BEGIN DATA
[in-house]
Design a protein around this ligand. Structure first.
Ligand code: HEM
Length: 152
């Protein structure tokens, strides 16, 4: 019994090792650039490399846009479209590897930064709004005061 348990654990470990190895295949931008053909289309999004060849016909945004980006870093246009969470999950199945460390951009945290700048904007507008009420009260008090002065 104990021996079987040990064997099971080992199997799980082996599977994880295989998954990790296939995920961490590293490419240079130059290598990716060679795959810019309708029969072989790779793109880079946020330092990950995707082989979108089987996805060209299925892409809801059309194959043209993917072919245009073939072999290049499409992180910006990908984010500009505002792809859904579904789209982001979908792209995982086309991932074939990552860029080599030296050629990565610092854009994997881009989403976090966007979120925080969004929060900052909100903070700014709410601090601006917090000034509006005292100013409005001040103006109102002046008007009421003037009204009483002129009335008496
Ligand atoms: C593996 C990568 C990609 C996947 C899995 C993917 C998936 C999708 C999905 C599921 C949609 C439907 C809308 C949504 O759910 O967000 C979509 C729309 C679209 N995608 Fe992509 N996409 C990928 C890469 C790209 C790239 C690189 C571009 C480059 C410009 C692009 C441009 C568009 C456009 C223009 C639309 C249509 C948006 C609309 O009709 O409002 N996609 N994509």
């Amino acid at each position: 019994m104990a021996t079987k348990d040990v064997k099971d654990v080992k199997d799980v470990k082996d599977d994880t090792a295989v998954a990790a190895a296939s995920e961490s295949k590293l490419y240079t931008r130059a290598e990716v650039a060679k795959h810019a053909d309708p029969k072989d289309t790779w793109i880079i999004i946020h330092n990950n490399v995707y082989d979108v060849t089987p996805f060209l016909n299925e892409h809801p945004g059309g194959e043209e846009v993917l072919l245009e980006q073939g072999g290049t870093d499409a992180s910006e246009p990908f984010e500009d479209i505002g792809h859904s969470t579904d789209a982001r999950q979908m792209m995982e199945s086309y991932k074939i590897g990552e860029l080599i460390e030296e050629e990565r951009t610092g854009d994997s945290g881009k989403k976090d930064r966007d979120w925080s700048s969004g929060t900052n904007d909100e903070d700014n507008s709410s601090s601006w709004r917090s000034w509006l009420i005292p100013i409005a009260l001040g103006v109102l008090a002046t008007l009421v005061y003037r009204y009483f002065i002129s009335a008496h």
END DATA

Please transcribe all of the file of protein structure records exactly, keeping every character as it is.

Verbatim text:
[in-house]
Design a protein around this ligand. Structure first.
Ligand code: HEM
Length: 152
């Protein structure tokens, strides 16, 4: 019994090792650039490399846009479209590897930064709004005061 348990654990470990190895295949931008053909289309999004060849016909945004980006870093246009969470999950199945460390951009945290700048904007507008009420009260008090002065 104990021996079987040990064997099971080992199997799980082996599977994880295989998954990790296939995920961490590293490419240079130059290598990716060679795959810019309708029969072989790779793109880079946020330092990950995707082989979108089987996805060209299925892409809801059309194959043209993917072919245009073939072999290049499409992180910006990908984010500009505002792809859904579904789209982001979908792209995982086309991932074939990552860029080599030296050629990565610092854009994997881009989403976090966007979120925080969004929060900052909100903070700014709410601090601006917090000034509006005292100013409005001040103006109102002046008007009421003037009204009483002129009335008496
Ligand atoms: C593996 C990568 C990609 C996947 C899995 C993917 C998936 C999708 C999905 C599921 C949609 C439907 C809308 C949504 O759910 O967000 C979509 C729309 C679209 N995608 Fe992509 N996409 C990928 C890469 C790209 C790239 C690189 C571009 C480059 C410009 C692009 C441009 C568009 C456009 C223009 C639309 C249509 C948006 C609309 O009709 O409002 N996609 N994509």
């Amino acid at each position: 019994m104990a021996t079987k348990d040990v064997k099971d654990v080992k199997d799980v470990k082996d599977d994880t090792a295989v998954a990790a190895a296939s995920e961490s295949k590293l490419y240079t931008r130059a290598e990716v650039a060679k795959h810019a053909d309708p029969k072989d289309t790779w793109i880079i999004i946020h330092n990950n490399v995707y082989d979108v060849t089987p996805f060209l016909n299925e892409h809801p945004g059309g194959e043209e846009v993917l072919l245009e980006q073939g072999g290049t870093d499409a992180s910006e246009p990908f984010e500009d479209i505002g792809h859904s969470t579904d789209a982001r999950q979908m792209m995982e199945s086309y991932k074939i590897g990552e860029l080599i460390e030296e050629e990565r951009t610092g854009d994997s945290g881009k989403k976090d930064r966007d979120w925080s700048s969004g929060t900052n904007d909100e903070d700014n507008s709410s601090s601006w709004r917090s000034w509006l009420i005292p100013i409005a009260l001040g103006v109102l008090a002046t008007l009421v005061y003037r009204y009483f002065i002129s009335a008496h």